- The Washington Times - Wednesday, July 3, 2019

The prevailing opinion inside the Trump campaign is that former Vice President Joseph R. Biden remains the most likely candidate to capture the Democratic nomination, and the campaign is plotting ways to sever Mr. Biden from the image of beloved former President Barack Obama.

Trump campaign officials said they expect Mr. Biden will survive the racial flap stirred up by Sen. Kamala D. Harris last week at the Democrats’ first 2020 primary debate in Miami. But the episode, they said, exposed an avenue of attack that could circumvent the aura of Mr. Obama that often protects his former right-hand man.

“Even though Biden took a big hit from Harris, the Trump campaign is operating under the assumption that he is still best positioned to be the nominee. That doesn’t mean they are not keeping an eye on Kamala and [Sen. Elizabeth] Warren, because they are,” said Republican Party strategist Ford O’Connell, who works closely with the White House.

The formula for going after Mr. Biden in a general election, he said, would be to aim for his six-term record as a senator from Delaware rather than his two terms in the White House alongside the country’s first black president.

“He’s got an Obama card he can play, but the problem is the 36 years of baggage before Obama. That’s the ticket in terms of getting him,” Mr. O’Connell said.

Ms. Harris used the same tactic in the debate to hit Mr. Biden for his opposition to federally mandated busing to desegregate public schools in the 1970s.

In a breakout moment in the debate, Ms. Harris, the daughter of a Jamaican father and Indian mother, mentioned Mr. Biden’s position on busing. She pressed Mr. Biden to apologize for his opposition and recalled the small role she played in desegregating schools in Berkeley, California.

“There was a little girl in California who was part of the second class to integrate her public schools, and she was bused to school every day — and that little girl was me,” she said. “So, I will tell you that on this subject, it cannot be an intellectual debate among Democrats. We have to take it seriously.”

Mr. Biden refused to apologize in the sharp exchange but fumbled to defend his record, which pulled down his poll numbers. Still, he has retained the front-runner position, albeit with less comfortable margins.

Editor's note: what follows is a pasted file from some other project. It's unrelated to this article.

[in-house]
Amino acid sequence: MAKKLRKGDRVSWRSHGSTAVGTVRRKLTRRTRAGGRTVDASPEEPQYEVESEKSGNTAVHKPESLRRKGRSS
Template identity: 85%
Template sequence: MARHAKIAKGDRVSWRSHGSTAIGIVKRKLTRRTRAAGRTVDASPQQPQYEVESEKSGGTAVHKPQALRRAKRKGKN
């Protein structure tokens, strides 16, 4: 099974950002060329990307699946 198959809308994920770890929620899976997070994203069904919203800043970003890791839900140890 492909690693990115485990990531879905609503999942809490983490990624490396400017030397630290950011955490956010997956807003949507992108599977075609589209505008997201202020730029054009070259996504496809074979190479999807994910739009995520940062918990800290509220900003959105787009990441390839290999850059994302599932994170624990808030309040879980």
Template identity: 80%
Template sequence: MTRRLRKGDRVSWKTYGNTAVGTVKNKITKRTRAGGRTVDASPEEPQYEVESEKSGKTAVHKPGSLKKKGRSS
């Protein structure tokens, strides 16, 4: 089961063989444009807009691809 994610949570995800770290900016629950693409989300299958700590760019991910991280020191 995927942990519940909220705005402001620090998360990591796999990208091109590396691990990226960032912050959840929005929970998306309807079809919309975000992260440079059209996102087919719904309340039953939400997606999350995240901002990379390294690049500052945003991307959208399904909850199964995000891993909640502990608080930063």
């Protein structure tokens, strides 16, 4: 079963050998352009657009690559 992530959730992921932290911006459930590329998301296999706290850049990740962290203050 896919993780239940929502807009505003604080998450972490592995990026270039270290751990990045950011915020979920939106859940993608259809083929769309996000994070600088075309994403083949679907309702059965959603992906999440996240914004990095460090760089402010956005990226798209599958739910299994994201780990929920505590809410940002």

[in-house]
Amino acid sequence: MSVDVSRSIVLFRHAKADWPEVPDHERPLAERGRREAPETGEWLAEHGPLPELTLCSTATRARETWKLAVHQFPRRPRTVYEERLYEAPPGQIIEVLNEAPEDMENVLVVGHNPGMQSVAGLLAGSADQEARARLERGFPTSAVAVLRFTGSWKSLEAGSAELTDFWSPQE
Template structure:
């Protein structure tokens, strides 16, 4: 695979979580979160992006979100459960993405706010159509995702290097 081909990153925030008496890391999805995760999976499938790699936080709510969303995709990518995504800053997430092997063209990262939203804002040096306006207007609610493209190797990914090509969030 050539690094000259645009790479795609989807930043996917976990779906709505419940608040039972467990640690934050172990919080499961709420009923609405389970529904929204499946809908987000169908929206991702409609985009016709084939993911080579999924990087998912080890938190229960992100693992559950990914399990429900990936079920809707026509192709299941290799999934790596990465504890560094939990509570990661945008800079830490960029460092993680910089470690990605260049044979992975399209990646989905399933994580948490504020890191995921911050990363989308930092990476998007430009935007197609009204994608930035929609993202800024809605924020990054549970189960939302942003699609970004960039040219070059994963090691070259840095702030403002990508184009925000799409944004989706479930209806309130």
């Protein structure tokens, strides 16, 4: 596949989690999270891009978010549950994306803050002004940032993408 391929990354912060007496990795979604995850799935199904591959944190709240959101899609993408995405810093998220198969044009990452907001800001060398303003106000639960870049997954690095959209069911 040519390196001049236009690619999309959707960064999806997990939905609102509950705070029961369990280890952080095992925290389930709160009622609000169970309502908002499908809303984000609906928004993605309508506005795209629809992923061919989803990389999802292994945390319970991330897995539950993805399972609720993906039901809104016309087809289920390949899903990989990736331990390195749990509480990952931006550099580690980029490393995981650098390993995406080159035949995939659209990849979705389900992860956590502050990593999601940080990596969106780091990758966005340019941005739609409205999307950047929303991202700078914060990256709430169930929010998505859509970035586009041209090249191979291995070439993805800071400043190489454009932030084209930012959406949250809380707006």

Mr. Biden also sits atop a powerful fundraising machine. His campaign announced Tuesday a $21.5 million haul in the roughly two months since he entered the race.

Ms. Harris’ rousing performance in the debate gave her campaign a burst of energy that propelled her into second place and within striking distance of Mr. Biden in several polls.

A faction inside President Trump’s campaign war room raised alarm that Ms. Harris is poised to dominate the black vote, a crucial bloc in Democratic primaries, and cut a path to the nomination similar to that of Mr. Obama in 2008. Mr. Obama began back in the pack while Hillary Clinton was the seemingly inevitable front-runner.

But the team has resisted shifting the focus in a major way from Mr. Biden, said a Trump campaign official.

“The opposition research is focused on Biden. And we hope we get Biden because when it comes to who’s got a better record, Trump has a significantly better record than Biden,” the official said, adding that the push to focus on Mr. Biden starts with Mr. Trump.

Mr. Biden is viewed as a unique threat to Mr. Trump because of the former vice president’s purported appeal among blue-collar voters in the Rust Belt who unexpectedly tilted the race to Mr. Trump in 2016.

What concerns the campaign the most about Mr. Biden are his close association with Mr. Obama and his promise of a “return to normalcy,” a slogan that builds on the news media’s relentless negative reporting about Mr. Trump, another campaign aide said.

“The return to normalcy is all about senior citizens and female voters that we lost in the 2018 midterm elections, folks who didn’t pull the lever for us or didn’t turn out,” the aide said.

That is why Team Trump is homing in on what it sees as significant weaknesses for Mr. Biden, including decades of Senate votes that don’t square with today’s political sensibilities and his flat-footed delivery on the stump and in debates.

Tim Murtaugh, communications director for the Trump reelection campaign, said the team isn’t excessively preoccupied with Mr. Biden.

“Joe Biden is an existential threat to Joe Biden. His poor performance on the campaign trail and lame defense of his four decades in public office have already caused him problems,” Mr. Murtaugh said.

“He was a bad candidate the first two times he ran for president, and there’s no reason to expect that he’s improved any. We are a year away from knowing who our opponent will be, and we are unconvinced that Joe Biden will be the nominee,” he said.

Mr. Murtaugh argued that Mr. Trump has a leg up on any of the two dozen other Democratic hopefuls, who have rushed to embrace far-left positions such as decriminalizing unauthorized border crossings, giving taxpayer-funded health care to illegal immigrants and axing private health insurance in favor of a government-run “Medicare for All” program.

“Regardless of the outcome of the Democrat primaries, President Trump is in as strong a position for reelection as any incumbent has ever been,” Mr. Murtaugh said. “His stellar record of success, including the growing economy and almost 6 million new jobs created, coupled with returning America to its leadership position on the world stage, will carry him to victory in 2020.”

• S.A. Miller can be reached at smiller@washingtontimes.com.

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